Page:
Etymology
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diagram (n.)

1610s, "an illustrative figure giving only the outlines or general scheme of the object;" 1640s in geometry, "a drawing for the purpose of demonstrating the properties of a figure;" from French diagramme, from Latin diagramma "a scale, a musical scale," from Greek diagramma "geometric figure, that which is marked out by lines," from diagraphein "mark out by lines, delineate," from dia "across, through" (see dia-) + graphein "write, mark, draw" (see -graphy). Related: Diagrammatic; diagrammatically.

The verb, "to draw or put in the form of a diagram," is by 1822, from the noun. Related: Diagrammed; diagramming.

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-phemia 

word-forming element meaning "speech," from Greek -phemia, from phēmē "speech," from stem of phemi "I speak," cognate with Latin fari "to speak," fama "report, reputation" (from PIE root *bha- (2) "to speak, tell, say").

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decussate (v.)

"to intersect so as to form a figure like the letter X, to cross," 1650s, from Latin decussatus, past participle of decussare "to divide crosswise, to cross in the form of an 'X,'" from decussis "the figure 'ten'" (in Roman numerals, represented by X), also "a large copper coin ten times the value of an as," from decem "ten" (from PIE root *dekm- "ten"). Related: Decussated; decussating; decussation. As an adjective, by 1806.

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salchow (n.)

type of skating jump, by 1921, named for Swedish figure skater Ulrich Salchow (1877-1949).

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synecdoche (n.)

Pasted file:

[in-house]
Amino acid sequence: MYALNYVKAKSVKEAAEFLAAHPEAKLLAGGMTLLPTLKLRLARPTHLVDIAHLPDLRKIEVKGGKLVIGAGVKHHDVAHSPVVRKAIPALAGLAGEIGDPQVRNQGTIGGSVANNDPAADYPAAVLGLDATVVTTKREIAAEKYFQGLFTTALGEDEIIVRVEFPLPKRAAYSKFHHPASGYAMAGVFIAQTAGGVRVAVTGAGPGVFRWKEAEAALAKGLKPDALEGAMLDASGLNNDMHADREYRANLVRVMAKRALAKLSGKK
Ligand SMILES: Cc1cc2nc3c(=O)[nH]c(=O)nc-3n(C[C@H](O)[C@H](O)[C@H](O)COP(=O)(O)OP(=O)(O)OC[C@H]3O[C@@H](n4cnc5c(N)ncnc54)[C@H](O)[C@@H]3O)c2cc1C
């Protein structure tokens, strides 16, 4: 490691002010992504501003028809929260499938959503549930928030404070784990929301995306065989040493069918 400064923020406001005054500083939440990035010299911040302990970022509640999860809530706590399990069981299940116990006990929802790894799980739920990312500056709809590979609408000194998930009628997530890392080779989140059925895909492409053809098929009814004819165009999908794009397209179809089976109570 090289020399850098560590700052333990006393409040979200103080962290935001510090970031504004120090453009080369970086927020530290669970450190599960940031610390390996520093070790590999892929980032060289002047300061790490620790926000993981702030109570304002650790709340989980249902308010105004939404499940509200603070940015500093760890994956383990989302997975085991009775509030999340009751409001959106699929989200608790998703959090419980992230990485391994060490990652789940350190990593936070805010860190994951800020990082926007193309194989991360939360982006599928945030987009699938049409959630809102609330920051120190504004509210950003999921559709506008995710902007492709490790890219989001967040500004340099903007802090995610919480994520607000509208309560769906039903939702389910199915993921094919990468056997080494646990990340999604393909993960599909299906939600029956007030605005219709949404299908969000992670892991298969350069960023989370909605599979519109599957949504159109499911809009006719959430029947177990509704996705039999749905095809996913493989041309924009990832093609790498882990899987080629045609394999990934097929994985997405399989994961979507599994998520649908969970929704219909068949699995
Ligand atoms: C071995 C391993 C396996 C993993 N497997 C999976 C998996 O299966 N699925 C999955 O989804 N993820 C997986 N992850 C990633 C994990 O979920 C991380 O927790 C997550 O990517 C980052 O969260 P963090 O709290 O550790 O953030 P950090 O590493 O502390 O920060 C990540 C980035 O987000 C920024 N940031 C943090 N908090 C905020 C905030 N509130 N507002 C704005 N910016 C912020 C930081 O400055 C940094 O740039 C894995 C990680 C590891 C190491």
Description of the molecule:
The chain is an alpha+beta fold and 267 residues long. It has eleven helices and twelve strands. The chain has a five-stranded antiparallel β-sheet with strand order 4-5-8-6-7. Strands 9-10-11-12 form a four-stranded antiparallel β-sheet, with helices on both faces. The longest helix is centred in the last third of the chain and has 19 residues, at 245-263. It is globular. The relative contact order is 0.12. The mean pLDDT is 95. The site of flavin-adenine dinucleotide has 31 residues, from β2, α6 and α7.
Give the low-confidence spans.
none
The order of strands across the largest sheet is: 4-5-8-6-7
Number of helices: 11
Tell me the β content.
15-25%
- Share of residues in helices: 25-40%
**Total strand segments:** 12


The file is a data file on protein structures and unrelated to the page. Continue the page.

"figure of speech in which a part is taken for the whole or vice versa," late 15c. correction of synodoches (late 14c.), from Medieval Latin synodoche, alteration of Late Latin synecdoche, from Greek synekdokhe "the putting of a whole for a part; an understanding one with another," literally "a receiving together or jointly," from synekdekhesthai "supply a thought or word; take with something else, join in receiving," from syn- "with" (see syn-) + ek "out" (see ex-) + dekhesthai "to receive," related to dokein "seem good" (from PIE root *dek- "to take, accept"). Typically an attribute or adjunct substituted for the thing meant ("head" for "cattle," "hands" for "workmen," "wheels" for "automobile," etc.). Compare metonymy. Related: Synecdochical.
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suss (v.)
"to figure out, investigate and discover," 1966, earlier "to suspect" (1953, police jargon), a slang shortening of suspect (v.). Related: Sussed.
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metonymy (n.)

in rhetoric, a trope or figure of speech in which the name of one thing is substituted for that of another that is suggested by or closely associated with it (such as the bottle for "alcoholic drink," the Kremlin for "the Russian government"); 1560s, from French métonymie (16c.) and directly from Late Latin metonymia, from Greek metōnymia, literally "change of name," related to metonomazein "to call by a new name; to take a new name," from meta "change" (see meta-) + onyma, dialectal form of onoma "name" (from PIE root *no-men- "name"). It often serves to call up associations not suggested by the literal name. Related: Metonymic; metonymical; metonymically.

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double talk (n.)

"deliberately unintelligible speech," by 1938, from double (adj.) + talk (n.). Old English had a similar formation in twispræc "double speech, deceit, detraction." An analysis of Chinook jargon from 1913 lists mox wawa "a lie," literally "double talk."

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blandiloquence (n.)

"flattery in speech," 1650s, from Latin blandiloquentia, from blandiloquens "speaking flatteringly," from blandus "flattering, alluring" (see bland) + loquens, from loqui "to speak" (from PIE root *tolkw- "to speak"). Blandiloquous is attested earlier (1610s). Latin had also blandiloquentulus "flattering in speech."

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lingo (n.)
"foreign speech," 1650s, probably a corruption of Latin lingua "speech, language; tongue" (from PIE root *dnghu- "tongue"), perhaps immediately as a shortening of lingua franca (q.v.), or from Provençal lingo "language, tongue," from Old Provençal lenga, from Latin lingua.
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